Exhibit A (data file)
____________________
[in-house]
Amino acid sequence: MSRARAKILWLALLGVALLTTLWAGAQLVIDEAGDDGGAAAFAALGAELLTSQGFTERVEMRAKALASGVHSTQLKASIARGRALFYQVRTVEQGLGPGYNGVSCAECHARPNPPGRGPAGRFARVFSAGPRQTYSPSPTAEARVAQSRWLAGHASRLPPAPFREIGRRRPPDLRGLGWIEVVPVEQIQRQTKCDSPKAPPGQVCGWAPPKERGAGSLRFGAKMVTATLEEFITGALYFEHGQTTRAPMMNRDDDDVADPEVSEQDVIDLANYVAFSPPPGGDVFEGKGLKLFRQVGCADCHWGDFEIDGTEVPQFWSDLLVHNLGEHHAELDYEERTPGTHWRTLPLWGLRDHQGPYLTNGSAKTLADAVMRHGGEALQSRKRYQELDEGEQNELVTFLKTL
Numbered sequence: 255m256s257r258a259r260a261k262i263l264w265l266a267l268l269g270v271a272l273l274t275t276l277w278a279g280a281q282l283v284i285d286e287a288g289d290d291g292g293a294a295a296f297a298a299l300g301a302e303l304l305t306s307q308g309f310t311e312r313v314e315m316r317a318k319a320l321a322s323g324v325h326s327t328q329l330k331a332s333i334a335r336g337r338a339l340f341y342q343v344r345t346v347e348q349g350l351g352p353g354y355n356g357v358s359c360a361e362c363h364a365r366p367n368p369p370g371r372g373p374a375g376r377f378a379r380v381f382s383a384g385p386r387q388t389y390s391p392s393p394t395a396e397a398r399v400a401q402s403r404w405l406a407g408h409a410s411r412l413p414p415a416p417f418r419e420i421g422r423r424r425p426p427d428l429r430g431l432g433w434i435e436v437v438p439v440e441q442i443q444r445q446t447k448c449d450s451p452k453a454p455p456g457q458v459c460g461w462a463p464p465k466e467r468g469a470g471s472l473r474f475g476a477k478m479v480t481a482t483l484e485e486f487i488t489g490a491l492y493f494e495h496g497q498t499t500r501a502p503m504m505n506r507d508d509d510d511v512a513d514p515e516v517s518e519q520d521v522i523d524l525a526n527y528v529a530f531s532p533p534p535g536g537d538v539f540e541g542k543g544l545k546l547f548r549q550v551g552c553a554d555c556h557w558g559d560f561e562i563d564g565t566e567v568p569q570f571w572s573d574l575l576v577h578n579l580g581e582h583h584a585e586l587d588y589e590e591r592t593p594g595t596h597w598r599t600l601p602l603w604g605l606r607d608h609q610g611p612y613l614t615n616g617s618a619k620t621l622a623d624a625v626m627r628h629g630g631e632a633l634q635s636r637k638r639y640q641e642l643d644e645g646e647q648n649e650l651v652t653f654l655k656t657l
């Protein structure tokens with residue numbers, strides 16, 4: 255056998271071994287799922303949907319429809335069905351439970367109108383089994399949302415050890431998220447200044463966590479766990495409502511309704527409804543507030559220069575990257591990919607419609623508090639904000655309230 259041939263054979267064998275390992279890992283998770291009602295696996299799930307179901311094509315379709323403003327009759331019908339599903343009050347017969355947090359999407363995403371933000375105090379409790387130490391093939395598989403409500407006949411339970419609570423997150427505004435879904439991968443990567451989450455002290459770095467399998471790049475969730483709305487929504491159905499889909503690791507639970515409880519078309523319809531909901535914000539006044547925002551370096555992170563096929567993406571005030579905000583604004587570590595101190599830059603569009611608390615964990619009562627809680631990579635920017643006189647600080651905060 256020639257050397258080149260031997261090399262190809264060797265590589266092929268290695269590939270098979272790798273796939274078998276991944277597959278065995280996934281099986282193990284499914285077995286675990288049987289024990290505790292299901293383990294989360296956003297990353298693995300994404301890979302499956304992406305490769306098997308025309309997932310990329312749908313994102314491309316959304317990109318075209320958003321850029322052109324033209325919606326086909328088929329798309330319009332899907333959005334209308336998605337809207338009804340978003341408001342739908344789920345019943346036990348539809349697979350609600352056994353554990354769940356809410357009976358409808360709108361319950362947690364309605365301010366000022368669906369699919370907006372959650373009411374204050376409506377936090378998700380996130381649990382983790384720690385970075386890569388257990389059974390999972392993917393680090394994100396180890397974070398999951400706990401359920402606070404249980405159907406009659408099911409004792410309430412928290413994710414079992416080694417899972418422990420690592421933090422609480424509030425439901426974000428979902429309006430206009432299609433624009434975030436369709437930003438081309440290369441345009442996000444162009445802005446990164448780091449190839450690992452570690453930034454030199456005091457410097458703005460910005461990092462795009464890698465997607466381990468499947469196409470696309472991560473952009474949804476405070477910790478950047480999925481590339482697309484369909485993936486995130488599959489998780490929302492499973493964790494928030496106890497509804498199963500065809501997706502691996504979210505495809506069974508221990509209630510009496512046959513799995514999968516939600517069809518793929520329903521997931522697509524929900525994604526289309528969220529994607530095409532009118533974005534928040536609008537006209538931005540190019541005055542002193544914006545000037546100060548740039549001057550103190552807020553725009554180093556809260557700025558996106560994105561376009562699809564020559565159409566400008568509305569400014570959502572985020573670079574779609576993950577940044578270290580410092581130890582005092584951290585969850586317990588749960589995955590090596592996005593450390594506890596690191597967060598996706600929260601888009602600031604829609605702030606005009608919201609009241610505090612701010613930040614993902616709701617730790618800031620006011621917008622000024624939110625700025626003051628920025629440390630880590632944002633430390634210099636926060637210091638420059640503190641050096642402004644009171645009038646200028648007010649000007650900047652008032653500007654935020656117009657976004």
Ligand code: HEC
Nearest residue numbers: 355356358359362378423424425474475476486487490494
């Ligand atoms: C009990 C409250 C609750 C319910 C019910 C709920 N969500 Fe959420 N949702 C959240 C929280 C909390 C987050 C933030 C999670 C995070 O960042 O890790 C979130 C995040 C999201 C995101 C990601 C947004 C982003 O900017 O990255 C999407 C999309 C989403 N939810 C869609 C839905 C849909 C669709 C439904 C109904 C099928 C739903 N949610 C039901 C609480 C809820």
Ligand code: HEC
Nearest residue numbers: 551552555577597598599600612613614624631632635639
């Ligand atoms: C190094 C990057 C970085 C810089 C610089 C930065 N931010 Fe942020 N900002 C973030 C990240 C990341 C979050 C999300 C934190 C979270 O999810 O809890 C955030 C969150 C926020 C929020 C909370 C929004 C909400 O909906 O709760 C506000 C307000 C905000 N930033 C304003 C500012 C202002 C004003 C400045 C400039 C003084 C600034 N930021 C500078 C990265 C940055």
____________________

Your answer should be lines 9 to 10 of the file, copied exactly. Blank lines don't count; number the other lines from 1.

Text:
Nearest residue numbers: 551552555577597598599600612613614624631632635639
């Ligand atoms: C190094 C990057 C970085 C810089 C610089 C930065 N931010 Fe942020 N900002 C973030 C990240 C990341 C979050 C999300 C934190 C979270 O999810 O809890 C955030 C969150 C926020 C929020 C909370 C929004 C909400 O909906 O709760 C506000 C307000 C905000 N930033 C304003 C500012 C202002 C004003 C400045 C400039 C003084 C600034 N930021 C500078 C990265 C940055």